It was time for some new glasses.
The rimless spectacles I had worn for the last four years were growing weary. Scratches on the lenses, discoloration on the frames, wobbly screws. My vision hasn't changed much during these four years but at times, gazing through the scuffs, it felt as if it had. I picked up the phone and called the optometrist.
I've always had a fascination with the art and science of optometry. The phoropter, the swinging flashlight test, the slit lamp machine.
My favorite portion of the check-up is when the optometrist drops a combination of lenses in front of each of my eyes, asking me to gaze at the letters on the wall and conclude which is more or less clear. As the test progresses, letters that once were foggy become unclouded.
My optometrist wrote a prescription that brought me a bit more definition and I went off to a local optical store to pick out some new frames. The next day, I was sporting my new glasses and I felt as if I was seeing things more luminously and in more detail than I had before. In a sense, what was once unseen was now seen. Clarity.
I laid my cards on the table last week and said that I believe what the Christian Bible teaches about the afterlife: Jesus will return a second time to judge the living and the dead (1 Peter 4:5) but we don't know when that moment will be. Moreover, in Hebrews 9:28, we see that Christ will come again "to save those who are eagerly waiting for him." And since there is life after death, we have to do business with the words from the writer of Hebrews -- are we a part of the "who" that will be saved? If not, how do we become a part of the "who?"
Just like Nicodemus, the religious leader who asked Jesus the identical question, the Christian Bible teaches that us that to be a part of the "who," we must be reborn spiritually by following the One the Pharisee questioned, the Christ. For our faith in God, we receive forgiveness and eternal life. It is the great exchange.
But what about eternal life for those whom God saves? What does that look like?
When most think of heaven, they think of Gary Larson's famous The Far Side comics, which play up the idea that heaven will be boringly mundane. In these cartoons, Larson's captions say things like, "Welcome to heaven, here is your harp" or "Wish I'd brought a magazine." In his book The Journey of Desire, Christian writer John Eldridge wrote, "Nearly every Christian I have spoken with has some idea that eternity is a never-ending church service.
A never-ending sing along in the sky. And your heart sinks. Forever and ever? That's it? That's the good news?"
Even the larger culture envisions heaven as haloed spirits floating around in white robes, playing stringed instruments, and sitting on clouds. For most, this doesn't sound any better than Larson's hell where everyone has to pass through one of two doors labeled "Damned If You Do" and "Damned If You Don't."
What if heaven is nothing like this? I want to let you in on something: it isn't.
In the past few years of my life, my understanding of heaven has probably been one of the most deconstructed and reconstructed elements of my internal theology. Growing up in one of the "notches" of the Bible Belt in the boot heel of Missouri, my conception about the Kingdom come was informed by Southern Gospel-tinged hymns. "Some glad morning when this life o'er, I'll fly away" formulated a theological framework for me that heaven is a place you "go to" and it isn't here.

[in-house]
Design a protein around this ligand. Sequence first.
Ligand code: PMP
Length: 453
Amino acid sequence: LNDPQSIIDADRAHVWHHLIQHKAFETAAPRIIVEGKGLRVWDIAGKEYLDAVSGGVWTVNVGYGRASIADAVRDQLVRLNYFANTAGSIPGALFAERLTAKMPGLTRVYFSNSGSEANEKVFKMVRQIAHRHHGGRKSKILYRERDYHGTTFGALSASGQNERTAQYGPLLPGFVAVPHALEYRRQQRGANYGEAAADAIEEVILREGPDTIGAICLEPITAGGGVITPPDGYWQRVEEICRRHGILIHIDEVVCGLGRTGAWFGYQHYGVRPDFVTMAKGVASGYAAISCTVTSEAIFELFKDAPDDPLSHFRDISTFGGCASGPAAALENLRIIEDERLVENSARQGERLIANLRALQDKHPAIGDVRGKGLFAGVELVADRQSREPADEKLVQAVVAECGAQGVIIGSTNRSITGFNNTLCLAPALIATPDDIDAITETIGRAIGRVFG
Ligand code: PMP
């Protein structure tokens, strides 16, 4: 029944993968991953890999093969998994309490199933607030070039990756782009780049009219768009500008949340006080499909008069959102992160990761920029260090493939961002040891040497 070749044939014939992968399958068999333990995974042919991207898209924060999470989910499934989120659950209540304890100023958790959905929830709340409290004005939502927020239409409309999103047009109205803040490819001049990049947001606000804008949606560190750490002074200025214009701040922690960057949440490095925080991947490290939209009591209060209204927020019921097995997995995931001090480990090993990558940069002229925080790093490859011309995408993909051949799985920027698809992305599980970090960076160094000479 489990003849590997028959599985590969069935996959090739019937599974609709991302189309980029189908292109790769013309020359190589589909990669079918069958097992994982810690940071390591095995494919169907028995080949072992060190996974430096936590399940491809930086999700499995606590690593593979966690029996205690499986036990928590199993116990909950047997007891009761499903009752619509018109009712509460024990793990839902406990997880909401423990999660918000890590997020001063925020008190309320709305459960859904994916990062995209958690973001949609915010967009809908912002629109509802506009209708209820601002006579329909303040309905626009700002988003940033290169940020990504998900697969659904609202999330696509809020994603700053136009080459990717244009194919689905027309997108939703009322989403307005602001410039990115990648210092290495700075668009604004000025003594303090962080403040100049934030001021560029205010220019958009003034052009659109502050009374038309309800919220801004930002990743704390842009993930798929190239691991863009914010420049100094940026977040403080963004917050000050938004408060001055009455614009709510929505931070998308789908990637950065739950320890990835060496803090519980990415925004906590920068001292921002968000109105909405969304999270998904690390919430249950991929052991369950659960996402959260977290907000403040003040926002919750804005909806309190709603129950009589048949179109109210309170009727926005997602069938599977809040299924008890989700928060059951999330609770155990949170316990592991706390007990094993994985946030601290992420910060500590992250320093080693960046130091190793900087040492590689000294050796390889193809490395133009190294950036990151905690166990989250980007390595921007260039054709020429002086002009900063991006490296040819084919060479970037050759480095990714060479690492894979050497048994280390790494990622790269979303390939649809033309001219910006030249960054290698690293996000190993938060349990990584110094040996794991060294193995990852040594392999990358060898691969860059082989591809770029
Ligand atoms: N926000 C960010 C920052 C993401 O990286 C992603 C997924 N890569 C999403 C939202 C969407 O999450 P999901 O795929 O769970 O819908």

Boy, was I wrong.
The Bible actually teaches something very different than my childhood version of heaven. 2 Peter 3:13 says, "But according to his promise we are waiting for new heavens and a new earth in which righteousness dwells." God's ultimate plan is not to take us up to live in a realm made for him, but to come down and live with us in a realm made for us. Theologian N.T. Wright says:
... chapters 4 and 5 of Revelation ... is a vision of worship in heaven that people imagine describes our worship at the end of time. In fact it's describing the worship that's going on right now. If you read the book through, you see that at the end we don't have a description of heaven, but, as I said, of the new heavens and the new earth joined together.
What the New Testament teaches is that God's kingdom is coming in time and space and He wants us to be a redeemed human race helping him renew his creation in the here and now. This is what many Christians call the last clarion call of the gospel story: restoration.
The world was created by God, man fell from God's holy standards, and Christ redeemed those whom would place their faith and trust in him. But it doesn't end there. The redeemed are invited in to be God's agents of restoration, to join God as He renews the earth in real-time.
Though largely invisible to our eyes, God's kingdom is coming through a real-time renewal movement led by redeemed human beings. It is like another dimension that is largely imperceptible but over time is becoming more and more lucid. And one day, for those who are followers of God, this will be their forever home.
One day, maybe very soon or a far way off, we will see that Belinda Carlisle was right, "Heaven is a place on earth." But whether you see the new heavens and new earth will depend on which set of glasses you have on.
-(Brad Andrews is lead pastor at Mercyview)
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